There was a lot of expectation on relieving farmers of some part of the huge debt burden. Instead the finance minister repeated the routine announcement about credit target for the farm sector. This year the target is Rs 10 lakh crore. The media presented it as big bonanza, without mentioning that it was routine increment from Rs 9 lakh crores last year. It overlooked the fact that the government was not paying for this. It was merely asking the banks to extend this loan.
In any case, no one remarked on the small detail that an overwhelming majority of this loan does not go to any farmer. Agri-business companies corner much of this loan. Farmers needed something else. They were not asking for a blanket farm-loan waiver. A section of farmers caught in debt-trap do need such a relief. For most of them, a relief in the interest part of their outstanding dues would have been a great help. They also needed a scheme to shift loan taken from money-lenders, who charge exorbitant rates, to banking institutions. None of this came up for even a mention.
Finally, the issue of protecting farmers against the vagaries of weather, worsening due to climate change. The finance minister waxed eloquently about the Prime Ministers Fasal BimaYojna. He drew applause by showing how the government has spent more than double the amount budgeted for this scheme.He glossed over some crucial details, and so did the media.
The PMFBY replaced a range of pre-existing crop-insurance schemes which covered only about 21 percent of the farmers, at a cost of little less than Rs. 3,000 crore. Those schemes were rightly criticised and replaced by PMFBY. The new scheme has so far provided insurance cover to additional 5 percent of the farmers while the cost for the government has gone up more than four-fold.
The question that begs an answer is: did this additional money go to the farmers or to private insurance companies? There was also an irony that no one noticed. The government has spent more than Rs 13,000 crore this year in covering less than 30 percent farmers. Next year it proposes to cover 40 percent farmers under the same scheme with just Rs 9,000 crores. Would the finance minister play this joke with any other sector?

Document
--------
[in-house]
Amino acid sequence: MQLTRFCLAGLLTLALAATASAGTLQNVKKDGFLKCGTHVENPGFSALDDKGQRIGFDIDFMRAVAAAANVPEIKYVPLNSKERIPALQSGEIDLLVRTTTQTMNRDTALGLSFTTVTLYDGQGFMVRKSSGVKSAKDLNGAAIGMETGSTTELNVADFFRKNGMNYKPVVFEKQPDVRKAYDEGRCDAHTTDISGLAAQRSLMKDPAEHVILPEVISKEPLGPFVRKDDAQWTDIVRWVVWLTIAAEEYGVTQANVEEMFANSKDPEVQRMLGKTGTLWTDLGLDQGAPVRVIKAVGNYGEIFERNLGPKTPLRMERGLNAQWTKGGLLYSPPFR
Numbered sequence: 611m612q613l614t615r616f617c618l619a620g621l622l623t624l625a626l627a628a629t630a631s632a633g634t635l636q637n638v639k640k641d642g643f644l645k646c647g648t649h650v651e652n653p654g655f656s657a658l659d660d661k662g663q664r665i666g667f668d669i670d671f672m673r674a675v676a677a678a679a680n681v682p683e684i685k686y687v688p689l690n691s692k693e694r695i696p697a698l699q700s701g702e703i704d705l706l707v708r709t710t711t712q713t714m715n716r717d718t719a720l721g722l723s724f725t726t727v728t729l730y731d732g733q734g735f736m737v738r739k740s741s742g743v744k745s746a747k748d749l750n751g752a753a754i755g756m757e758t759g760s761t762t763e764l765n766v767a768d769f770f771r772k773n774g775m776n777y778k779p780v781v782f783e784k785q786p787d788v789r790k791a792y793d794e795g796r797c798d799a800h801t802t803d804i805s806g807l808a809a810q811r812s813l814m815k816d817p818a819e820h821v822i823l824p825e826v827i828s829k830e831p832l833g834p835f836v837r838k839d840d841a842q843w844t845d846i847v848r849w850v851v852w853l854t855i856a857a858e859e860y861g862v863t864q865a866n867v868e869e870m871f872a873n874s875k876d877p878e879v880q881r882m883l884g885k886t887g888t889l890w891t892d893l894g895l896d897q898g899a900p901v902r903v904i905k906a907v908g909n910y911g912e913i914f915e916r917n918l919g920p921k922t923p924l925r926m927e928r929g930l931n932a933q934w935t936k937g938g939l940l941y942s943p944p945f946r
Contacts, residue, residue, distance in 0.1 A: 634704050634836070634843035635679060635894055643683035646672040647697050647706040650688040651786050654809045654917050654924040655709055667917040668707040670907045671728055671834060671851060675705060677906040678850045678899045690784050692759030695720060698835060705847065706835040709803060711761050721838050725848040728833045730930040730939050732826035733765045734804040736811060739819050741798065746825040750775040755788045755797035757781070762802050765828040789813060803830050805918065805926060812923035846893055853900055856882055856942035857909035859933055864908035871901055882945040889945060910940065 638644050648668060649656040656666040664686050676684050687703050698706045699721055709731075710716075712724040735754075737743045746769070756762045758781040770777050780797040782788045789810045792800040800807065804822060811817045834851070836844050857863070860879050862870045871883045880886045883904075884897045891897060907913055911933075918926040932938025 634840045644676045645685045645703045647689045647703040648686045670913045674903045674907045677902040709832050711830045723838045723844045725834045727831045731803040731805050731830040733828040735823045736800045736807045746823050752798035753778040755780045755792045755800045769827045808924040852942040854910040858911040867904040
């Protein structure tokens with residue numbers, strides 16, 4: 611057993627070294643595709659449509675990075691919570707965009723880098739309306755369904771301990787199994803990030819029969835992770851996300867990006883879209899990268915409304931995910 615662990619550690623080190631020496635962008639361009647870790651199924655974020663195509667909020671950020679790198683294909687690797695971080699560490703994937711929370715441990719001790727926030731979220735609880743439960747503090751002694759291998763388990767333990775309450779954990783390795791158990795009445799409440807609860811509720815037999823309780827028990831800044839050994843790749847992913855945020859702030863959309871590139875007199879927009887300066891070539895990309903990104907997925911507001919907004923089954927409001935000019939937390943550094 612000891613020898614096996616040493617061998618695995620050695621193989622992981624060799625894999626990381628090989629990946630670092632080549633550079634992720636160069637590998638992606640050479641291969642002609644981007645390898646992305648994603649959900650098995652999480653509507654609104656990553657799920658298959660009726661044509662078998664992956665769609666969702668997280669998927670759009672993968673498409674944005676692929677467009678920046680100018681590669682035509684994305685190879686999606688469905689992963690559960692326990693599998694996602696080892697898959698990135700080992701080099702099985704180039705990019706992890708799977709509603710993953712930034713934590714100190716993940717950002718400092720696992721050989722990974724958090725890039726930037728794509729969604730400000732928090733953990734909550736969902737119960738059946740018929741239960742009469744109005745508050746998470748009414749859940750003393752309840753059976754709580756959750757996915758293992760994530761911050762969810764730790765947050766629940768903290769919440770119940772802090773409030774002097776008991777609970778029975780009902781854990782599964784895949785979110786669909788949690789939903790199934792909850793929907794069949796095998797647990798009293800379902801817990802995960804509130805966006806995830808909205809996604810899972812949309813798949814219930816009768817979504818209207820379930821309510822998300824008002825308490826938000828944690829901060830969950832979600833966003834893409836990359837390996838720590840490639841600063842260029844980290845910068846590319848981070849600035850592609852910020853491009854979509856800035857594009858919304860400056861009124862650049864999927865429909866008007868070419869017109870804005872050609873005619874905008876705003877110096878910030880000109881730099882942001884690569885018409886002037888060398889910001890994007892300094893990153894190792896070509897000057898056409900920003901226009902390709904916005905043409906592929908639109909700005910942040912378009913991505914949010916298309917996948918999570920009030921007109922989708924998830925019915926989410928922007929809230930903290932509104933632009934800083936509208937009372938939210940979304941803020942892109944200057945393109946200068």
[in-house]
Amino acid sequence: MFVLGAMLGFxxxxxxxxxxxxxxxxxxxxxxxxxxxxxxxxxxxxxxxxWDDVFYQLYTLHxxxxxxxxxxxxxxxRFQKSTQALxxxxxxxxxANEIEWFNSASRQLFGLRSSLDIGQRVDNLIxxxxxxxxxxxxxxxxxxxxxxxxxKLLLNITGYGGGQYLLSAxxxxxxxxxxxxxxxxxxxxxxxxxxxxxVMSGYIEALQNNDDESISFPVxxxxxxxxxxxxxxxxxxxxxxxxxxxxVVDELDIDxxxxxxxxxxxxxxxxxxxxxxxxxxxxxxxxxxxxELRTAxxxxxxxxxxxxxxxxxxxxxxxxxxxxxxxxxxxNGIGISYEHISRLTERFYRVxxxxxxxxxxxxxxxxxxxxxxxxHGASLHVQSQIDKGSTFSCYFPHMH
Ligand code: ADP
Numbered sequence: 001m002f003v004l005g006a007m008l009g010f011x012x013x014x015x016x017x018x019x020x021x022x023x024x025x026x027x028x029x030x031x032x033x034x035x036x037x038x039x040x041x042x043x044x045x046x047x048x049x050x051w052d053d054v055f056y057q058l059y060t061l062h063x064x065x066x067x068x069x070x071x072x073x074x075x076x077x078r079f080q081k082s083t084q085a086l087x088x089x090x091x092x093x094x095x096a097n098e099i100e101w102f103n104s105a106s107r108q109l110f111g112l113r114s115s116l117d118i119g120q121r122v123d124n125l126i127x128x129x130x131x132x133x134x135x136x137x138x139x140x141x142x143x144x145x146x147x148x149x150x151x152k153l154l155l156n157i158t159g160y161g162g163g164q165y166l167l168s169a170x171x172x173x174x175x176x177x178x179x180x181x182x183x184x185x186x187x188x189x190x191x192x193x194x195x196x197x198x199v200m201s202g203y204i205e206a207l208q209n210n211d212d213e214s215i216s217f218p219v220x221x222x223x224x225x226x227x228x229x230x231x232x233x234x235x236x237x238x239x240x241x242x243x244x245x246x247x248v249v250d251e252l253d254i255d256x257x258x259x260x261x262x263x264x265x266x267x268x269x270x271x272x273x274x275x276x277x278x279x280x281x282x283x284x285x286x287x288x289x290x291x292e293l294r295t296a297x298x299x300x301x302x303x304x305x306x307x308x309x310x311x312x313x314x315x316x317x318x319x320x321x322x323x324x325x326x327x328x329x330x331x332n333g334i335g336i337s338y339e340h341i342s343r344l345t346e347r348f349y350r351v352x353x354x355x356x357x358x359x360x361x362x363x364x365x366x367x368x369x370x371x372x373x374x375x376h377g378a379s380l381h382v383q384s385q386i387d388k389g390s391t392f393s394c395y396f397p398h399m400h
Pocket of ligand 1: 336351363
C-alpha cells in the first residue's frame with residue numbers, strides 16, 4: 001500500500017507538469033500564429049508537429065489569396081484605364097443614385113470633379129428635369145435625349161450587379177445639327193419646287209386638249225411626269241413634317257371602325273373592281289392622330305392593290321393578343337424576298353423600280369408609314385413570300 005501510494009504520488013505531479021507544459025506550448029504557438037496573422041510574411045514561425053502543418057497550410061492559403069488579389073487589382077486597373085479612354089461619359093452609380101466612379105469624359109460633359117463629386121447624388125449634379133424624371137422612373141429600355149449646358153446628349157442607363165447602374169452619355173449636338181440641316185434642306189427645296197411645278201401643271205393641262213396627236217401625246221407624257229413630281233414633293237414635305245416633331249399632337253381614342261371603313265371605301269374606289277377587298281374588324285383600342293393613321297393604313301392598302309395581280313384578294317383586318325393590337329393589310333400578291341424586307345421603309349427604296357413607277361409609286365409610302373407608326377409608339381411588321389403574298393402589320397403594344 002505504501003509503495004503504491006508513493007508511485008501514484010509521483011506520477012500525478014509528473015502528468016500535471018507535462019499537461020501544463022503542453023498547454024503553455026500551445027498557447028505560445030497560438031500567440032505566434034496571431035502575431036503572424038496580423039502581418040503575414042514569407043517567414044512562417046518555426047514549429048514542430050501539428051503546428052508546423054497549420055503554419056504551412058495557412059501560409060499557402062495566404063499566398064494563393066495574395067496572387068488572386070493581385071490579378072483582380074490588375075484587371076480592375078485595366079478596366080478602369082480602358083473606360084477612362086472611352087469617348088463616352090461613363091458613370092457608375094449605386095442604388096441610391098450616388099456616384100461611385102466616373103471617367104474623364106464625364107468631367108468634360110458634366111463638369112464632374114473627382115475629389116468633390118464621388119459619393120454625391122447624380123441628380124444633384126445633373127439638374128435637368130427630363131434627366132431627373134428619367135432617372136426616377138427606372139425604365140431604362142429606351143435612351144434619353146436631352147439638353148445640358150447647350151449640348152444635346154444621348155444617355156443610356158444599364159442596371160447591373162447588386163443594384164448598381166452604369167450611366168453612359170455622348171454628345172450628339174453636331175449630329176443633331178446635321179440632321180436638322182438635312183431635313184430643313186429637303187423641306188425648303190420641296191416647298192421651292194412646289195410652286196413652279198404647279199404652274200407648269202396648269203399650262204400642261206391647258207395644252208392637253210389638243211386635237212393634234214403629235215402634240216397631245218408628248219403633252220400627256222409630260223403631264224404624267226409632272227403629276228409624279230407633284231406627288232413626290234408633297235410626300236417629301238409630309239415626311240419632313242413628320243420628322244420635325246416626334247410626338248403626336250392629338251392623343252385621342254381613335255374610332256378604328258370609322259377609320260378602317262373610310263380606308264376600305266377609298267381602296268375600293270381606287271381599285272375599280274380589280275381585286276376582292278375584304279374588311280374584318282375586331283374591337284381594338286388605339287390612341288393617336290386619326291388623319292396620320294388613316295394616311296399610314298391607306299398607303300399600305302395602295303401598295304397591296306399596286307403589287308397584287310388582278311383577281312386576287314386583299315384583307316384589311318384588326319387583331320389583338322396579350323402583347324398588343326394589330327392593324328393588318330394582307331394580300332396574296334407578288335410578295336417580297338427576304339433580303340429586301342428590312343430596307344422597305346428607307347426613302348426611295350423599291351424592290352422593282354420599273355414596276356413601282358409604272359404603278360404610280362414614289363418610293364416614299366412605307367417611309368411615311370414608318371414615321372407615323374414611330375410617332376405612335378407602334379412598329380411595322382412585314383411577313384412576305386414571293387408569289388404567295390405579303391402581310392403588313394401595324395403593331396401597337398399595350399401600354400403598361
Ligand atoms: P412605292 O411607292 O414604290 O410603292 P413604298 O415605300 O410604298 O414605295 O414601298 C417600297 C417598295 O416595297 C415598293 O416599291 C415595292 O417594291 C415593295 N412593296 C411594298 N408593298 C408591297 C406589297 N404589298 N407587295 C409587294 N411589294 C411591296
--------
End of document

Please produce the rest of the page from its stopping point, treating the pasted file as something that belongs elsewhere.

What about crop loss compensation? Currently the government pays the farmers a princely sum of Rs 2,700 for complete crop loss in one acre of un-irrigated land. Every year we hear reports of farmers getting compensation check of Rs 27 or something like that. There was no mention of revision of this cruel joke. Forget natural disasters. The finance minister did not provide a paisa for compensating the farmers for the disaster inflicted by the government’s own policy of demonetisation.
The pain of urban middle class standing in queues to withdraw their money from ATM was evident in TV studios. The trauma of farmers and daily wage-earners who lost their income due to demonetisation was not.
As I reviewed the budget speech, I came to see the ‘balance’ in a different light. Budget is not merely an accounting exercise. It is an exercise in political will. Budgetary allocation is where you see the real political priorities of a government. Is the government willing to put its money where its mouth is? Which way does it wish to tilt the existing balance of power?
Seen in this light, Arun Jaitley’s budget is indeed a very ‘balanced’ budget. It preserves the existing balance of power. If you view this exercise from the top of the pyramid, maintaining balance is a virtue. But if you happen to view the budget from the bottom of the pyramid, a balancing act is nothing short of a curse, for it perpetuates the existing imbalance. That is what my colleagues in KisanSansad wanted to say to the TV anchors.
Like beauty, balance also lies in the eyes of the beholder.
(The writer is President of Swaraj India)
Updated Date: Feb 03, 2017 08:04 AM